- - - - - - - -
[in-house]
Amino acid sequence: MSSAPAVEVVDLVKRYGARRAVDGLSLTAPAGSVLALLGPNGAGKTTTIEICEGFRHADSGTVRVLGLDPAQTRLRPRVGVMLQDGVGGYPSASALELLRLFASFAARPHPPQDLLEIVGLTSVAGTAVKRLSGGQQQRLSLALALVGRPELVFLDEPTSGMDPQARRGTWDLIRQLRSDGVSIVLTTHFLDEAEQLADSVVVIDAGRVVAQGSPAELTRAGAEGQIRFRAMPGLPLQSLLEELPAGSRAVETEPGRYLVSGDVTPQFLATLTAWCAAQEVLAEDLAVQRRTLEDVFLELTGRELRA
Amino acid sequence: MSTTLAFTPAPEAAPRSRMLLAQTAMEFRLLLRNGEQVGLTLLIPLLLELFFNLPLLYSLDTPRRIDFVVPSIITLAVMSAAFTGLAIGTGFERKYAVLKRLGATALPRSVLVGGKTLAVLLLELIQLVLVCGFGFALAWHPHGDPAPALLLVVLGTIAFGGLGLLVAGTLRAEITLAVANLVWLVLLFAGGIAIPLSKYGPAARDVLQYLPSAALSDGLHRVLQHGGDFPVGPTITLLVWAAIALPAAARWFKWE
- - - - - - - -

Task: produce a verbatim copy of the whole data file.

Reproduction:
[in-house]
Amino acid sequence: MSSAPAVEVVDLVKRYGARRAVDGLSLTAPAGSVLALLGPNGAGKTTTIEICEGFRHADSGTVRVLGLDPAQTRLRPRVGVMLQDGVGGYPSASALELLRLFASFAARPHPPQDLLEIVGLTSVAGTAVKRLSGGQQQRLSLALALVGRPELVFLDEPTSGMDPQARRGTWDLIRQLRSDGVSIVLTTHFLDEAEQLADSVVVIDAGRVVAQGSPAELTRAGAEGQIRFRAMPGLPLQSLLEELPAGSRAVETEPGRYLVSGDVTPQFLATLTAWCAAQEVLAEDLAVQRRTLEDVFLELTGRELRA
Amino acid sequence: MSTTLAFTPAPEAAPRSRMLLAQTAMEFRLLLRNGEQVGLTLLIPLLLELFFNLPLLYSLDTPRRIDFVVPSIITLAVMSAAFTGLAIGTGFERKYAVLKRLGATALPRSVLVGGKTLAVLLLELIQLVLVCGFGFALAWHPHGDPAPALLLVVLGTIAFGGLGLLVAGTLRAEITLAVANLVWLVLLFAGGIAIPLSKYGPAARDVLQYLPSAALSDGLHRVLQHGGDFPVGPTITLLVWAAIALPAAARWFKWE